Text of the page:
Dells, The

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Dells, The

Dells, The , one of the longest running groups in pop music, with only one personnel change in nearly 50 years together, and the inspiration for the movie The Five Heartbeats, formed 1952 in Harvey, 111. Member ship: Johnny Punches, voc.; Marvin Junior, voc; Verne Allison, voc.; Mickey McGill, voc.; Chuck Barksdale, voc.

Those who agree with Oscar Wilde’s notion that “American lives have no second act” should consider The Dells. With the exception of Johnny Punches, who left the band in 1960 and was replaced by former Flamingo Johnny Carter, the Dells lineup has remained unchanged since 1952. Even their style hasn’t so much changed as evolved with the styles of African-American vocal music, segueing from doo-wop to vocal group soul with seamless elegance, eloquence, and extraordi-nary harmony. They have endured and recorded for most of that time, even scoring an R&B hit in 1991. Every time the band seemed like it was over, something came along to keep them going.

The El-Rays, as they called themselves in the beginning, started singing in high school mostly as a way to get into parties and meet girls. When they started to get good, they took a stroll down Chicago’s musical Mecca, Michigan Ave. When Vee-Jay records didn’t want them, they crossed the street and signed with Checker. Checker put out their first single, “Darling Dear, I Know” which netted them a whopping $56 dollars and sold dozens. But they met Harvey Fuqua of the Moon-glows, who helped them sort out their harmonies. Vee-Jay took another look and signed them in 1955. They recorded their breakthrough record “Oh What a Night” a year later. That record sold millions of copies. Still, one member recalled that their first album showed a white band on the cover!

Over the next years, the Dells recorded and toured. They had several minor hits, including a 1965 Vee-Jay release of “Stay in My Corner” that hit #23 on the R&B charts. However, it took the group until 1968 to score another major hit. By then, they had returned to Chess subsidiary Cadet. They recorded the There Is album. The title track went to #20. A re-recorded version of “Stay in My Corner” hit #10, pop and topped the R&B charts. Through 1973, they scored another half-dozen pop hits, including “Always Together” (#18, 1968), “Does Anyone Know Fm Here” (#38, 1969) and “I Can Sing a Rainbow/Love Is Blue” (#22, 1969). A new, extended version of “Oh What a Night” topped the R&B charts in 1969, rising to #10 on the pop charts. They followed this with the 1971 #30 hit “The Love We Had (Stays on My Mind)” and the 1973 gold record “Give Your Baby a Standing Ovation,” which topped out at #34 pop.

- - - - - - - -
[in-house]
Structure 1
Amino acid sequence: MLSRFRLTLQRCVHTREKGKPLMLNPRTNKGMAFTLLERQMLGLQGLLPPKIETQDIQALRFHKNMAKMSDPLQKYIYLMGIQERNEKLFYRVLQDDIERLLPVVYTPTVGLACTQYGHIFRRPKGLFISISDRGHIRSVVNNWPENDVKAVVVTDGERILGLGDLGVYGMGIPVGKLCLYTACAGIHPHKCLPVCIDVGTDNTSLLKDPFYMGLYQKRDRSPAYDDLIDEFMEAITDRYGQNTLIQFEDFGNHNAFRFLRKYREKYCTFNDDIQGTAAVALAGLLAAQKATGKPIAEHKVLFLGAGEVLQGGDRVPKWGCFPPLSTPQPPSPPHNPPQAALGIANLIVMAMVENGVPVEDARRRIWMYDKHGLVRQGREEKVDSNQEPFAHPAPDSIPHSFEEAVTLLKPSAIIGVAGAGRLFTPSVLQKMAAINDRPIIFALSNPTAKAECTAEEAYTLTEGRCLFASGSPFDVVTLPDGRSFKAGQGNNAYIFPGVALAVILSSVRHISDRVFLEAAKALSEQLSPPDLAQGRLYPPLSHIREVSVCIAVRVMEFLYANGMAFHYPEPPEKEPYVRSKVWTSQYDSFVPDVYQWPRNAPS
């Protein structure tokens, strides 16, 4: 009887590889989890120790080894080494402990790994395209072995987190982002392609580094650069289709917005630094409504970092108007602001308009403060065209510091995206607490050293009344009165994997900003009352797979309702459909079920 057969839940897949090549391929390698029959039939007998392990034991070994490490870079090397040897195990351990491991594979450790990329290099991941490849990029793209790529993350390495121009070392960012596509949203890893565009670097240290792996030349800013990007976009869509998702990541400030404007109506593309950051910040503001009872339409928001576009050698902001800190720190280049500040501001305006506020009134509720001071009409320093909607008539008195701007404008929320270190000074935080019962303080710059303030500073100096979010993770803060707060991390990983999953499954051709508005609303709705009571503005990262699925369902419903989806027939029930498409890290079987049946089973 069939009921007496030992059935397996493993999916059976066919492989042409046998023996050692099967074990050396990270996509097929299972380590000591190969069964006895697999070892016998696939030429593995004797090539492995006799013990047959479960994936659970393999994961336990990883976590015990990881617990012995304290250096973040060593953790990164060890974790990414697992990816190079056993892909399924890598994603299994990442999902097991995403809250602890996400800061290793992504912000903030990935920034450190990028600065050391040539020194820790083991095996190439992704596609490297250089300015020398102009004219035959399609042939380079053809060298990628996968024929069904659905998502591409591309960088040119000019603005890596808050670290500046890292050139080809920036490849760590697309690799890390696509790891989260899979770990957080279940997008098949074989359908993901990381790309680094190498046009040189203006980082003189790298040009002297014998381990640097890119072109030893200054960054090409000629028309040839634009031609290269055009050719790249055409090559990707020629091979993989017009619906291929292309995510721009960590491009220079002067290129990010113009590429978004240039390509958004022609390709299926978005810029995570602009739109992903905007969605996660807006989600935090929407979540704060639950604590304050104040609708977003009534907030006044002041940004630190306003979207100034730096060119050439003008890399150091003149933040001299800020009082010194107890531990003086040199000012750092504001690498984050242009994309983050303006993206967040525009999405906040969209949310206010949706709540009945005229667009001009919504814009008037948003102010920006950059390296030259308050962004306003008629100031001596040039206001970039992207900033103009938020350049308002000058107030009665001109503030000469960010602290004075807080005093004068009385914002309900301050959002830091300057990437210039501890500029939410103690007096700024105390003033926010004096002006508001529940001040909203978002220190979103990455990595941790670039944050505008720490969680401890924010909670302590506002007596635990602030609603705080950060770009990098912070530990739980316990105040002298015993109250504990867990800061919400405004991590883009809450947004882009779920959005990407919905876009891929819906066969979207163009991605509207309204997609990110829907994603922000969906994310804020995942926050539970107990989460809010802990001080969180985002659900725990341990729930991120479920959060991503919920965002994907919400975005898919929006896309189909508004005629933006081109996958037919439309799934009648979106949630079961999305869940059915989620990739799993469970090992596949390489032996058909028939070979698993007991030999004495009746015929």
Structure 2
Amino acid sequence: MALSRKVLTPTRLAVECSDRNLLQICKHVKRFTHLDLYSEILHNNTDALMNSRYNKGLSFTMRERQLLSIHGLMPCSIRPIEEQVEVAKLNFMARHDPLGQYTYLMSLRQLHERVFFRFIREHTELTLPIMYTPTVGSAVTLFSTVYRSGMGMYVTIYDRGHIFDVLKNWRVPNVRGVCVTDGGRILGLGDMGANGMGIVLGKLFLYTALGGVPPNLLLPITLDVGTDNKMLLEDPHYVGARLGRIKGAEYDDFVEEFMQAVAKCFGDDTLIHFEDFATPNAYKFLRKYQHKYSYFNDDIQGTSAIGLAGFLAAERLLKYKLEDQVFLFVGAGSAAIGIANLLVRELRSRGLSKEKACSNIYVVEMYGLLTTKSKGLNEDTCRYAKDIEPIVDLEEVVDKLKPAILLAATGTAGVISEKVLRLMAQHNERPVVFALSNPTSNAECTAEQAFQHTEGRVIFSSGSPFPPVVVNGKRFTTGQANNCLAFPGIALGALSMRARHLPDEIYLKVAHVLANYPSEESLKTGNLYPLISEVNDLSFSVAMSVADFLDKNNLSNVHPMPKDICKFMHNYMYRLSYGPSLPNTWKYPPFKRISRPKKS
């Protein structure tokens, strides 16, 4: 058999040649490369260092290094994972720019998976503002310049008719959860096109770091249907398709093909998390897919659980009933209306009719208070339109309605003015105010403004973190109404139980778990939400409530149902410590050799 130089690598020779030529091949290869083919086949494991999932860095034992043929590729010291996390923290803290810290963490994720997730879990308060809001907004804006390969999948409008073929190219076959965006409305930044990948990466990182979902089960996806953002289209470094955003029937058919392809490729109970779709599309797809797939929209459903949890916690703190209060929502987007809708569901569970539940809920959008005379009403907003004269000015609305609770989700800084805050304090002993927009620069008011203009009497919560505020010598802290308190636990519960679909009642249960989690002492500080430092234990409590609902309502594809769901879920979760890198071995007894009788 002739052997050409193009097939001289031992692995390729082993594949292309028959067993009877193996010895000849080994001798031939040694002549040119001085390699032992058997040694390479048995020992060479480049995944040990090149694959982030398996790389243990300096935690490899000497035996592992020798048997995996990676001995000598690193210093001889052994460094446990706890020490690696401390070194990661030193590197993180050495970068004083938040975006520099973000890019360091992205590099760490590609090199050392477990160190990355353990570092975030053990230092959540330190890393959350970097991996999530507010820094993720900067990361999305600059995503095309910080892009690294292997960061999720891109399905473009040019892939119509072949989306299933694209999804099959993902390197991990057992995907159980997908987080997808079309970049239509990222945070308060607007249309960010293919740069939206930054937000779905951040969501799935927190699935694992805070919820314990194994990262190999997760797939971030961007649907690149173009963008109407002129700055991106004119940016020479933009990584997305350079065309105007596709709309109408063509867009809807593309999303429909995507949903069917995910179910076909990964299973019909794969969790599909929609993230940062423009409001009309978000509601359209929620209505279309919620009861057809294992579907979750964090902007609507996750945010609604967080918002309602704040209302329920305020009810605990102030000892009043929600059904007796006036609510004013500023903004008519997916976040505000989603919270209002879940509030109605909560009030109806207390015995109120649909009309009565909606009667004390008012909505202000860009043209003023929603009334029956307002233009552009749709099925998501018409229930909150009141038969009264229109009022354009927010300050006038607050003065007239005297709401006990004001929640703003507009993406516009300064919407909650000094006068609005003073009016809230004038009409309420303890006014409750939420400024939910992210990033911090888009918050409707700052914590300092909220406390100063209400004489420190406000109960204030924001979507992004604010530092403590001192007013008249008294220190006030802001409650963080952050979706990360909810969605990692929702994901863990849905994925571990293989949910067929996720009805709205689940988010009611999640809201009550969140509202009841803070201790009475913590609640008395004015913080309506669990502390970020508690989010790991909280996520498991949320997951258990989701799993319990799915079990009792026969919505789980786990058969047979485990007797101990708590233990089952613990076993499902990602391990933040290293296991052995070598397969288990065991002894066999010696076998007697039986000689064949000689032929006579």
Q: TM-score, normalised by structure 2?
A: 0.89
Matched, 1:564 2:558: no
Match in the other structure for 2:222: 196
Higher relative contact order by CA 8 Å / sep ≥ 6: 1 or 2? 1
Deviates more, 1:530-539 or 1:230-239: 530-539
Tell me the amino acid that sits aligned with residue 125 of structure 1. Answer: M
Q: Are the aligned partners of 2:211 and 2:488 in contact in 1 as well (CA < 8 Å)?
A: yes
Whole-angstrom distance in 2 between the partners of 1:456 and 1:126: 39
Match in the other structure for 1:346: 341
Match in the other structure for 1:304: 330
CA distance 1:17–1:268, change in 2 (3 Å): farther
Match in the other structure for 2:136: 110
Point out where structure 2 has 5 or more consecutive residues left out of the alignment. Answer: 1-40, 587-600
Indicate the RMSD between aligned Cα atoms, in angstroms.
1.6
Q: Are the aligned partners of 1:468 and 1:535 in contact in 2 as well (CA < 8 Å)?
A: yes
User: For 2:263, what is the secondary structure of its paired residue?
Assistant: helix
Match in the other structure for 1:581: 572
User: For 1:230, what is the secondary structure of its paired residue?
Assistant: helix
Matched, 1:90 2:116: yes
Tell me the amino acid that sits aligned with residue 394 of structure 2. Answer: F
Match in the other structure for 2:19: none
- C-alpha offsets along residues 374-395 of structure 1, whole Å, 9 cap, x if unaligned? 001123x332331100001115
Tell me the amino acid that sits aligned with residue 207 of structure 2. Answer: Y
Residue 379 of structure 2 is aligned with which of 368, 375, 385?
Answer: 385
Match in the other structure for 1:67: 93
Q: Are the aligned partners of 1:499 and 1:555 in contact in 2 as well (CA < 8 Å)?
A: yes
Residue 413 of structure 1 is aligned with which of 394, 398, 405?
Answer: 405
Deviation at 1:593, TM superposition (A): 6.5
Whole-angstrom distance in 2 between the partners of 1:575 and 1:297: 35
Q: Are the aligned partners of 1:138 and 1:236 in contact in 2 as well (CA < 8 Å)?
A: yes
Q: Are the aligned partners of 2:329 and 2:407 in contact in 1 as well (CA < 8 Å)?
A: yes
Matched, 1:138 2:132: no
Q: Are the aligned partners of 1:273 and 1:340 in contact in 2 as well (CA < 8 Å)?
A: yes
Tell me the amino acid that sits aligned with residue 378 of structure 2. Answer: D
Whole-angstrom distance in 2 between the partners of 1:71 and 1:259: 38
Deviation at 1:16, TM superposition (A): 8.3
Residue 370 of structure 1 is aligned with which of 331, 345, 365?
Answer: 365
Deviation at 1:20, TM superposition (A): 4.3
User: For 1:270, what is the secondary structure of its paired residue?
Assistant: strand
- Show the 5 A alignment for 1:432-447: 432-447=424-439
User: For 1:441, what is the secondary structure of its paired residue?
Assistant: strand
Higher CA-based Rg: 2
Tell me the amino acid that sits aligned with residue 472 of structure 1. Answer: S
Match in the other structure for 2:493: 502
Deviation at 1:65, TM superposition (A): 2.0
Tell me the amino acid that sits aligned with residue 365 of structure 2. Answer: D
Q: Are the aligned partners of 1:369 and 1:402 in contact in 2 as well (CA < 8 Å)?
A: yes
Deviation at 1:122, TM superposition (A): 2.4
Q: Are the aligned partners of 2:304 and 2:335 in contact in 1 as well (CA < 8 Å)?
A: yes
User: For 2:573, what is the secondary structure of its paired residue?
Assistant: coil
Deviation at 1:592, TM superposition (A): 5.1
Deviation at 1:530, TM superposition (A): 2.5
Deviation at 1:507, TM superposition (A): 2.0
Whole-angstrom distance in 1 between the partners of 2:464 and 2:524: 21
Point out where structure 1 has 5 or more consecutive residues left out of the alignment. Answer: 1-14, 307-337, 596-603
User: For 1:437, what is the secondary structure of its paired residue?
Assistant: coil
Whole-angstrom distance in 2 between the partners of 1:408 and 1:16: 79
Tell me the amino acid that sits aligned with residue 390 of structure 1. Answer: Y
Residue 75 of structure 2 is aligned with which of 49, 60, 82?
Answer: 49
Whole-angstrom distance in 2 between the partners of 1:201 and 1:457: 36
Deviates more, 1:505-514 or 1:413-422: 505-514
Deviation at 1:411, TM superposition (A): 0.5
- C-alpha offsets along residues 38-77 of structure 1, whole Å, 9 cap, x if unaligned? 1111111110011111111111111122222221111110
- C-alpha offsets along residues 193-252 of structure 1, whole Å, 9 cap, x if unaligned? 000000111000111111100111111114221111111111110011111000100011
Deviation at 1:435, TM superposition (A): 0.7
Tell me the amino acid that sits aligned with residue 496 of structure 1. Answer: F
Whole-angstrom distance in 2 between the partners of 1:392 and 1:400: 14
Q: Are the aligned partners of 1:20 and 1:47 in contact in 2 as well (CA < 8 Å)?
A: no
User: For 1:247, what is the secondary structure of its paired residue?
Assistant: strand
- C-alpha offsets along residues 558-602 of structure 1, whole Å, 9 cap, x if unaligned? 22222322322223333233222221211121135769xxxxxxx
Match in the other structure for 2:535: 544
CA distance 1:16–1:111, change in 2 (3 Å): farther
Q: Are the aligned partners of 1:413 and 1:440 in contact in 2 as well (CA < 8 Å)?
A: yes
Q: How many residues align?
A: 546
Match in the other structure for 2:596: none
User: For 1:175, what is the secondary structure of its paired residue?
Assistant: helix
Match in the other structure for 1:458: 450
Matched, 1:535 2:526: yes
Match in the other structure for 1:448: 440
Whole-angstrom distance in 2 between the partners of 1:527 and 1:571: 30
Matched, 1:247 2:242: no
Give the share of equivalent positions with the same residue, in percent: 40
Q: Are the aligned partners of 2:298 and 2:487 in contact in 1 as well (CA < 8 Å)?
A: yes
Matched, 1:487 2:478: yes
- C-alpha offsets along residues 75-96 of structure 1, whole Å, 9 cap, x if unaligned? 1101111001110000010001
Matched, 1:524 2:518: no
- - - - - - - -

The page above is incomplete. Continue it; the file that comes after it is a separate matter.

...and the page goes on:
Despite all their years together, the Dells rarely traded on nostalgia, recording low level R&B hits through the 1980s for Epic and other labels, and spending much of their year on the road. In 1990, Robert Townsend hired the band as “technical consultants” for a comedy he was thinking of doing about a vocal group. His time with the Dells convinced him that a drama would be more appropriate, and the film became The Five Heartbeats. In addition to being very nearly a biopic, the soundtrack produced the group’s #13 R&B hit “A Heart Is a House for Love.” In the wake of this, they hooked up with the legendary production team of Gamble and Huff for the tune “Oh My Love” and signed to Zoo records.

While the hits stopped coming, the Dells keep going. Working on 50 years together, they continue to play out, indefatigable and still in fabulous voice.


It’s Not Unusual (1965); Stay in My Corner (1968); Musical Menu (1968); There Is (1968); The Dells (1969); Love Is Blue (1969); Musical Menu/Always Together (1969); Like It Is, Like It Was (1970); Oh, What a Night (1970); Freedom Means (1971); Come Together (soundtrack; 1971); Sweet As Funk Can Be (1972); Give Your Baby a Standing Ovation (1973); The Mighty Mighty Dells (1974); The Dells Vs. Dramatics (1974); We Got Together (1975); No Way Back (1975); Love Connection (1977); They Said It Couldn’t Be Done But We Did It (1977); New Beginnings (1978); Face to Face (1979); I Touched a Dream (1980); Whatever Turns You On (1981).

—Hank Bordowitz